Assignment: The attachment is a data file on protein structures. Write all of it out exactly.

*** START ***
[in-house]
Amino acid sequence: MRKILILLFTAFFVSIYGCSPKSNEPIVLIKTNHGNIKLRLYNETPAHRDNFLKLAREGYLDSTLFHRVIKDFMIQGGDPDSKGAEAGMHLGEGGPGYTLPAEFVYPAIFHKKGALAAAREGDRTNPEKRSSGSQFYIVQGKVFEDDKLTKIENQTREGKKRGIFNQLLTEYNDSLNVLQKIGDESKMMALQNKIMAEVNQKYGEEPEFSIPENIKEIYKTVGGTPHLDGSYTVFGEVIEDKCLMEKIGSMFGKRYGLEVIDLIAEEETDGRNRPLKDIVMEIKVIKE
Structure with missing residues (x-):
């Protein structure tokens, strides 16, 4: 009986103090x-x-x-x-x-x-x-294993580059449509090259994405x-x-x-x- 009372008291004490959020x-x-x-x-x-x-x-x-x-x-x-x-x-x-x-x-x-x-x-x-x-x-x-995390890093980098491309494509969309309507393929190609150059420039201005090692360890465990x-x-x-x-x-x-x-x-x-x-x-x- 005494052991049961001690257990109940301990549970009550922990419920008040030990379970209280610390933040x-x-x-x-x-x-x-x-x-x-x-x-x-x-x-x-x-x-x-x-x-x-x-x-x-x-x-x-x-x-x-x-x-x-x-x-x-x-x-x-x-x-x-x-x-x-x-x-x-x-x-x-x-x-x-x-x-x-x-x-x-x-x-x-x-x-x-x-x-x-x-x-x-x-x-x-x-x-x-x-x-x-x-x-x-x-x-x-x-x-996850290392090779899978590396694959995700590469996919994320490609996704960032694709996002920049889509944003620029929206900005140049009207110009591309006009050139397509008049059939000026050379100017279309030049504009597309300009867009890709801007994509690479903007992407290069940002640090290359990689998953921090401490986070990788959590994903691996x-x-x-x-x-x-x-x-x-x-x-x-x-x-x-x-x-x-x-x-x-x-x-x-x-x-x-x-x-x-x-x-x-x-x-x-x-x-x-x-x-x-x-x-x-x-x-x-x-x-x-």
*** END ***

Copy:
[in-house]
Amino acid sequence: MRKILILLFTAFFVSIYGCSPKSNEPIVLIKTNHGNIKLRLYNETPAHRDNFLKLAREGYLDSTLFHRVIKDFMIQGGDPDSKGAEAGMHLGEGGPGYTLPAEFVYPAIFHKKGALAAAREGDRTNPEKRSSGSQFYIVQGKVFEDDKLTKIENQTREGKKRGIFNQLLTEYNDSLNVLQKIGDESKMMALQNKIMAEVNQKYGEEPEFSIPENIKEIYKTVGGTPHLDGSYTVFGEVIEDKCLMEKIGSMFGKRYGLEVIDLIAEEETDGRNRPLKDIVMEIKVIKE
Structure with missing residues (x-):
């Protein structure tokens, strides 16, 4: 009986103090x-x-x-x-x-x-x-294993580059449509090259994405x-x-x-x- 009372008291004490959020x-x-x-x-x-x-x-x-x-x-x-x-x-x-x-x-x-x-x-x-x-x-x-995390890093980098491309494509969309309507393929190609150059420039201005090692360890465990x-x-x-x-x-x-x-x-x-x-x-x- 005494052991049961001690257990109940301990549970009550922990419920008040030990379970209280610390933040x-x-x-x-x-x-x-x-x-x-x-x-x-x-x-x-x-x-x-x-x-x-x-x-x-x-x-x-x-x-x-x-x-x-x-x-x-x-x-x-x-x-x-x-x-x-x-x-x-x-x-x-x-x-x-x-x-x-x-x-x-x-x-x-x-x-x-x-x-x-x-x-x-x-x-x-x-x-x-x-x-x-x-x-x-x-x-x-x-x-996850290392090779899978590396694959995700590469996919994320490609996704960032694709996002920049889509944003620029929206900005140049009207110009591309006009050139397509008049059939000026050379100017279309030049504009597309300009867009890709801007994509690479903007992407290069940002640090290359990689998953921090401490986070990788959590994903691996x-x-x-x-x-x-x-x-x-x-x-x-x-x-x-x-x-x-x-x-x-x-x-x-x-x-x-x-x-x-x-x-x-x-x-x-x-x-x-x-x-x-x-x-x-x-x-x-x-x-x-």